Pakistan's president left the country Thursday for what was described as a one-day private visit to Dubai, officials said. during a deepening crisis between the government and the powerful military.
Early last month, President Asif Ali Zardari traveled to Dubai for medical treatment, triggering rumors that he was either being pushed out by the army or was fleeing a potential coup.
He returned after a few weeks, but tensions have continued to soar in the country, with critics gleefully predicting the government's imminent downfall.
The officials said the trip was unconnected to the current crisis. They said the president would attend a wedding in Dubai and would be back in Pakistan on Friday morning. They didn't give their names because they were not authorized to release the information.
As Zardari left, military chief Gen. Ashfaq Pervez Kayani met with top commanders, media reports and a military officer said, fueling speculation about the army's next move in the political crisis.
Most analysts say Kayani doesn't want a coup because the army is fighting Islamist militants, the country is facing economic ruin and seizing power would trigger domestic and international criticism. But they say the generals may be happy to allow a Supreme Court hostile to the government to dismiss Zardari if it can find a "constitutional" way to do so.
On Wednesday, the prime minister fired the defense secretary in a rare public display of assertiveness by the civilian government against the army, as the fallout from a scandal centered on a memo written to Washington asking for its help in reining in the generals widened.
The court, regarded as an ally of the army, is investigating that affair and a second one linked to past corruption cases against the president. Both could potentially be used as a pretext to oust the current civilian leadership, which is showing no signs of bending.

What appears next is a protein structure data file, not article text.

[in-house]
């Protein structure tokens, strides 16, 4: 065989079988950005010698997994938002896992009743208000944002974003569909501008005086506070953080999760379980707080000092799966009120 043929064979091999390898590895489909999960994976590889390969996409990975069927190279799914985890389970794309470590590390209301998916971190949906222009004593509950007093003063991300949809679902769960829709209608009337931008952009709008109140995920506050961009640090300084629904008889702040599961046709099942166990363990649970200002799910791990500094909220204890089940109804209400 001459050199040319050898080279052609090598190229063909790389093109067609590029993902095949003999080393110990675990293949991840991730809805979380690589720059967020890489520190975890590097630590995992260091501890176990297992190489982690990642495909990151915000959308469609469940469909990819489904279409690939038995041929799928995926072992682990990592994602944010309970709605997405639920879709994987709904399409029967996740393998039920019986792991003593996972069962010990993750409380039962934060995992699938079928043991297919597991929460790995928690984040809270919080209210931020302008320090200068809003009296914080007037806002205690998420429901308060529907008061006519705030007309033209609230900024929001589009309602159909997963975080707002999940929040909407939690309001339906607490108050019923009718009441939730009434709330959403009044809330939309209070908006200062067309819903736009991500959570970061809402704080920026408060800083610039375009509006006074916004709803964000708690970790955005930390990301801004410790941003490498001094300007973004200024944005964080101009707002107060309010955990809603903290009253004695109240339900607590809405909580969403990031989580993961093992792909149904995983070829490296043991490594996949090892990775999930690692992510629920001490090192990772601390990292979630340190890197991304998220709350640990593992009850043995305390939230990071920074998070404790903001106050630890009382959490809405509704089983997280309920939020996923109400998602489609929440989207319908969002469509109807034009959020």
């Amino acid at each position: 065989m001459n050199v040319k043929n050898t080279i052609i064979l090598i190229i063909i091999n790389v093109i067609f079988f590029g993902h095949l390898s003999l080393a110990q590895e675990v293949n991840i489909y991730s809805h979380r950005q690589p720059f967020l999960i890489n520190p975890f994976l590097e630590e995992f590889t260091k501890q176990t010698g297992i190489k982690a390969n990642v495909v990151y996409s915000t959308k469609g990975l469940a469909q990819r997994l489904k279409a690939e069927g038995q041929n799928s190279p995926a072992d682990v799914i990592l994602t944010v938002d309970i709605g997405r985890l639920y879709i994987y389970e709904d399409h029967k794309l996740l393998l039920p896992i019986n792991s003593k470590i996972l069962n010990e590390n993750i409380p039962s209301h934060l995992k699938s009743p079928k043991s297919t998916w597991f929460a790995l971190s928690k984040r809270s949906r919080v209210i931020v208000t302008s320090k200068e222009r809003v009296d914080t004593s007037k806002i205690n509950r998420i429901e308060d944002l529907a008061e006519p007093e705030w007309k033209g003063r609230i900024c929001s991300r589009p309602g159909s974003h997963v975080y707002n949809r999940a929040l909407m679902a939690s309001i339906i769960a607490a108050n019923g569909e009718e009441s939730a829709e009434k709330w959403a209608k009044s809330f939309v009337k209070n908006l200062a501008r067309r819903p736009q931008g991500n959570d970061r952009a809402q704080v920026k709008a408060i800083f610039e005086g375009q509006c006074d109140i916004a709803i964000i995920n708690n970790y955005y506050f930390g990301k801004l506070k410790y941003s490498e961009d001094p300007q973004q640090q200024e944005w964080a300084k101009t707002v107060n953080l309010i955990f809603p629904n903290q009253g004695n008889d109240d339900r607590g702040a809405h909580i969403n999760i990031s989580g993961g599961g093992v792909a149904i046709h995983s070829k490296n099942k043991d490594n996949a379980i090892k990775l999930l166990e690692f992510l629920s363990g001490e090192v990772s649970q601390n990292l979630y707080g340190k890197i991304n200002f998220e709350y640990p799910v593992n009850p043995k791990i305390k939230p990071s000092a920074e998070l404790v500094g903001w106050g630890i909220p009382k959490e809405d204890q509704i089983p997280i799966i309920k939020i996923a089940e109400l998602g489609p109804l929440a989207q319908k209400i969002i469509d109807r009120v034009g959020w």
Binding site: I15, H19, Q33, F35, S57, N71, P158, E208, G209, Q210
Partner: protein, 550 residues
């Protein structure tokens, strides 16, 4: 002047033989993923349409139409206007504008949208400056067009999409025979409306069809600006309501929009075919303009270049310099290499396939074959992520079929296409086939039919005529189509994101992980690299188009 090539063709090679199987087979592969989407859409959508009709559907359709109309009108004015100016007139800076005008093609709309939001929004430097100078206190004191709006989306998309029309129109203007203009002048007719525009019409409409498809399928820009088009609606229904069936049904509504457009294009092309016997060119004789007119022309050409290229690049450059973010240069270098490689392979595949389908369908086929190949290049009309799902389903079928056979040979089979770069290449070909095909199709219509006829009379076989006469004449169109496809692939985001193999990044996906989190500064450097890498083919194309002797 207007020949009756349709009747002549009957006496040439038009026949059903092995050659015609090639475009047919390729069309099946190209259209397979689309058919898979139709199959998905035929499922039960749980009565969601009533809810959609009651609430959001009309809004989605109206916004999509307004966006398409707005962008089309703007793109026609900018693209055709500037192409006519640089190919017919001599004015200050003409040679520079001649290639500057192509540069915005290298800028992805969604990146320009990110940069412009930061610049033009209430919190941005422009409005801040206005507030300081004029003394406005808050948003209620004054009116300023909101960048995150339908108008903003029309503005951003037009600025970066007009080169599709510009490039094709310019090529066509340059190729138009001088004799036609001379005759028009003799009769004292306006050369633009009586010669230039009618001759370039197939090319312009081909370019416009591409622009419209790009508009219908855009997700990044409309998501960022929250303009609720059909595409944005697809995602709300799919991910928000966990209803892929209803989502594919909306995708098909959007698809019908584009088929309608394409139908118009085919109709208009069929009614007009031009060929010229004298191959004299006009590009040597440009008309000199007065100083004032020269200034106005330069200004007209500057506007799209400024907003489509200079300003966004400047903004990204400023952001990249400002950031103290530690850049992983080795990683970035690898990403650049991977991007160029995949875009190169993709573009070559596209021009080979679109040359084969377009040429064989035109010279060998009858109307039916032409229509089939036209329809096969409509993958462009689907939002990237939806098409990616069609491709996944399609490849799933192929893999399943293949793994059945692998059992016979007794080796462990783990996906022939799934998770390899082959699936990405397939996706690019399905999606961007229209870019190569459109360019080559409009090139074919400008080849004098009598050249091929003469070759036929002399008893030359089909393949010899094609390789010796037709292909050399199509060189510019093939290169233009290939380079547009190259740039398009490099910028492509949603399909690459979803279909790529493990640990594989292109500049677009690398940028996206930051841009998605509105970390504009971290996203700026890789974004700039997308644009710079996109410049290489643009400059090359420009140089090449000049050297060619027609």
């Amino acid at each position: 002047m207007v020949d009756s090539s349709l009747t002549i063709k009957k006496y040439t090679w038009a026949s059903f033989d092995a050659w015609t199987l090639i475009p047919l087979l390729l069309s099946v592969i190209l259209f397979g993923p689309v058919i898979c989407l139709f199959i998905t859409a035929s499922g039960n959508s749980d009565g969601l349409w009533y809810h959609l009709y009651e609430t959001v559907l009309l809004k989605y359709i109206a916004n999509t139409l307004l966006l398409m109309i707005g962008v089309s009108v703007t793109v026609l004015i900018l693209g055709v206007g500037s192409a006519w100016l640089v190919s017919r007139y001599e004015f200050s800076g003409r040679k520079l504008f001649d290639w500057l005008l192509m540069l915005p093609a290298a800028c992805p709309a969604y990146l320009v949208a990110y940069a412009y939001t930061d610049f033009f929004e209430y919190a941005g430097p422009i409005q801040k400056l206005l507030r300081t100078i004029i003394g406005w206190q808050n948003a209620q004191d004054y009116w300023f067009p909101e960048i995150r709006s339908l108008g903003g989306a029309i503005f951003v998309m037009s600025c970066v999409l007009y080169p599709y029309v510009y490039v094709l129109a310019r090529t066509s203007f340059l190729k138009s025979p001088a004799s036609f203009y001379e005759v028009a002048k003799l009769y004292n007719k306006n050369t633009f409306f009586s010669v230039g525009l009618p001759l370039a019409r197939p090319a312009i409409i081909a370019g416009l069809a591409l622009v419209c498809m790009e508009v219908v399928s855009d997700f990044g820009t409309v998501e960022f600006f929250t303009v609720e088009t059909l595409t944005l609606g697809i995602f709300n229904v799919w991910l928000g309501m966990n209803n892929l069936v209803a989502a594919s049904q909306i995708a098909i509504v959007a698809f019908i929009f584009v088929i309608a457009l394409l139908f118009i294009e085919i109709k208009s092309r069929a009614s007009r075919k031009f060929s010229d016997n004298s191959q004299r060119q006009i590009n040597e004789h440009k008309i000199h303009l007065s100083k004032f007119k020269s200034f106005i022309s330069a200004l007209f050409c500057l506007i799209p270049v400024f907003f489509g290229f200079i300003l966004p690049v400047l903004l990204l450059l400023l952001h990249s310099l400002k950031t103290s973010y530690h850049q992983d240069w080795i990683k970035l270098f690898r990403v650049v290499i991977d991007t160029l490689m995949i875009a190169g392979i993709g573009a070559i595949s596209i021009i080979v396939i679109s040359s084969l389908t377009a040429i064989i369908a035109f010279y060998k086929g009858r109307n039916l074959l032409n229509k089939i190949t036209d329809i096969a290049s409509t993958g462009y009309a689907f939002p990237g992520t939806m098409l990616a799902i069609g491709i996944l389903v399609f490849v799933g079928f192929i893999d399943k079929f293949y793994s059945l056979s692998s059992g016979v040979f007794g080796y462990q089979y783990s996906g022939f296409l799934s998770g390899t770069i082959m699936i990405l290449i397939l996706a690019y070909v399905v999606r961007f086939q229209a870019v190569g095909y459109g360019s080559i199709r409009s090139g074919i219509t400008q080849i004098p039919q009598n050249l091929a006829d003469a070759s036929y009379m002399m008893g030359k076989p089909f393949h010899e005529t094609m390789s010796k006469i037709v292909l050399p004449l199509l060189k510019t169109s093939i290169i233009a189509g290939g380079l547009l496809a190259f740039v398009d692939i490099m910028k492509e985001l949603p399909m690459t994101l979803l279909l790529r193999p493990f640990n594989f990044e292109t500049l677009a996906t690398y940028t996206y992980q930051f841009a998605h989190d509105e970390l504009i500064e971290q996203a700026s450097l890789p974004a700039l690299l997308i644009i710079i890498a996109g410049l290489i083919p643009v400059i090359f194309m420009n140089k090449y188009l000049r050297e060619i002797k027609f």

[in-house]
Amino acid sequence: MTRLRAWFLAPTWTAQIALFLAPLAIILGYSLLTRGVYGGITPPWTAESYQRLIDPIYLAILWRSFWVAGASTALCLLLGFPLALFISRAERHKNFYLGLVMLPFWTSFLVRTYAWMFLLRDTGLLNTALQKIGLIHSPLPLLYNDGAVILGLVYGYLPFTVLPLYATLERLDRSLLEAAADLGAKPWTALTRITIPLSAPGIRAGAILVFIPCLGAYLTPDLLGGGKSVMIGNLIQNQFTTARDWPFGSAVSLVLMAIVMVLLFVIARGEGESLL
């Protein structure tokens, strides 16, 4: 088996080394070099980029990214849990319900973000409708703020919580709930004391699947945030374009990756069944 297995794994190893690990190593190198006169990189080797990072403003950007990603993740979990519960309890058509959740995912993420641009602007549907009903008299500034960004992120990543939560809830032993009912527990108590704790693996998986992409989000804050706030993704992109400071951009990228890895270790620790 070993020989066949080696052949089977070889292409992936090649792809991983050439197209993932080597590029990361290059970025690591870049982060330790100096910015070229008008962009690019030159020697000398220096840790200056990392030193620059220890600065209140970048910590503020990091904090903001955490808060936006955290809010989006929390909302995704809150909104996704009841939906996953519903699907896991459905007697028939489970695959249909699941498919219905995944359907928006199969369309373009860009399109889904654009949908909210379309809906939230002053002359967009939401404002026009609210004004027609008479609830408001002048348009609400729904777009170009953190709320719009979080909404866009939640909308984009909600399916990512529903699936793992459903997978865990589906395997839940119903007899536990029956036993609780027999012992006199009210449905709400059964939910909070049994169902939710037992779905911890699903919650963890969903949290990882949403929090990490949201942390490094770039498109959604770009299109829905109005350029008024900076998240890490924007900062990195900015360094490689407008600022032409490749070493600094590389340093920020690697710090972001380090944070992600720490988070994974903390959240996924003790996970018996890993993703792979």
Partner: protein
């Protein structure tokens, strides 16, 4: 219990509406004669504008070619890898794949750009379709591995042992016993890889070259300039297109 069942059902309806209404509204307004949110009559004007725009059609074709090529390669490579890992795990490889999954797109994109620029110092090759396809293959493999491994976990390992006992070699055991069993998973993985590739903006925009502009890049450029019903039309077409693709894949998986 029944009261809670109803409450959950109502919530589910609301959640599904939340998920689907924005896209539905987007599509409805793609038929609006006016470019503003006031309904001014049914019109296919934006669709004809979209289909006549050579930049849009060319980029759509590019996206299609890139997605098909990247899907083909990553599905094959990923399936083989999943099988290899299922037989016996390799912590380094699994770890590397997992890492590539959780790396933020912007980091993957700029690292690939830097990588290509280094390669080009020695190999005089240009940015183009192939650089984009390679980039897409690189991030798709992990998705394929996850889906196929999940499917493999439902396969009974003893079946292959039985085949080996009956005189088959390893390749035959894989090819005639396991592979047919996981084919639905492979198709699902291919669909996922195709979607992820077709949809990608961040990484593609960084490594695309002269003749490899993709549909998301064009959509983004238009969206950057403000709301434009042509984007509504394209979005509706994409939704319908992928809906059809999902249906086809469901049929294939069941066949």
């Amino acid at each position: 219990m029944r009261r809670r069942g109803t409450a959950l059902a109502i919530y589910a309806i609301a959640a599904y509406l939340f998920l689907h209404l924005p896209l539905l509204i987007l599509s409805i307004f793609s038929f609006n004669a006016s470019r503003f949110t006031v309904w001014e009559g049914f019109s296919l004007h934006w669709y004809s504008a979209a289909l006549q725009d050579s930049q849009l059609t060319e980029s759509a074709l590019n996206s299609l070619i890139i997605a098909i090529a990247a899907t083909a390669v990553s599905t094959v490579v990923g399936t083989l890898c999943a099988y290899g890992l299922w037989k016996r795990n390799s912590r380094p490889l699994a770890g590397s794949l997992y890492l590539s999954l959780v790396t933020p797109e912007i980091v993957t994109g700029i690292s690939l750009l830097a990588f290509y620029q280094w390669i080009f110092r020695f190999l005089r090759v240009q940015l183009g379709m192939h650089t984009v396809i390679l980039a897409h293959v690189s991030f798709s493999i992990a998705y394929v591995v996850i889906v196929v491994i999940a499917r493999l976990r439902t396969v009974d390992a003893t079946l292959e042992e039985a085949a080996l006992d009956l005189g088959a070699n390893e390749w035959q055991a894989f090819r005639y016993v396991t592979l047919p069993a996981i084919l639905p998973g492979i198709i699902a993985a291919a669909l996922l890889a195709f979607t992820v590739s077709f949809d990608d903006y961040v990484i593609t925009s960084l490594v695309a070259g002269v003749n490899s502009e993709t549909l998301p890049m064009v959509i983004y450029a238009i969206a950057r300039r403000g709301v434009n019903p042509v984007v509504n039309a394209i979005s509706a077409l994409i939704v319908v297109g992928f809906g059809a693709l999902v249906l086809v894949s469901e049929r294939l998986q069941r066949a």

The crisis is consuming the attentions of the ruling elite in a country that is struggling to overcome economic turmoil and a bloody al-Qaida fueled insurgency.
Late Thursday, an American missile strike killed four foreign militants in North Waziristan, a lawless region close to the Afghan border that is home to extremists from around the world, Pakistani officials said. It was the second such strike in three days.
The U.S. had put the drone program on hold since late November, where errant American airstrikes killed two dozen Pakistani soldiers close to the border, enraging Islamabad. The lull was part of a broad effort to tamp down tensions with Pakistan as a result of the attacks.
Also Thursday, a group of militants with guns and grenades ambushed Pakistani soldiers during a search operation in the town of Sararogha in South Waziristan, killing four of them, two intelligence officials said.
The officials_ who spoke on condition of anonymity because they were not authorized to speak to reporters about the issue _ provided no further details.
The army spokesman was not available for comment.
The army has ruled Pakistan for much of its six-decade existence, and it still sees itself as the rightful custodian of the country's interests. No civilian Pakistani government has ever completed its term in office.
The Zardari government, which was democratically elected in 2008, is determined to finish its term.
General elections are scheduled for next year, but could well take place sooner.
The leader of the country's main opposition party, Nawaz Sharif, is no friend of the army and would have little to gain if the military pushed Zardari out. Even so, he brought the memo scandal to the attention of the Supreme Court, and is trying to exploit the chaos and push for early polls.
"There is no justification for this government to stay in power any more," he told party members at a meeting to discuss the crisis, according to his spokesman.
The president's administration has been widely criticized for poor or ineffectual governance and alleged corruption. Still, domestic and international proponents of democracy say his government should be able to complete its term, and elections should decide the country's next leaders. They note successive military coups in Pakistan are a main cause of the country's current malaise.
Associated Press writer Rasool Dawar and Ishtiaq Mahsud contributed to this report from Peshawar and Dera Ismail Khan, Pakistan.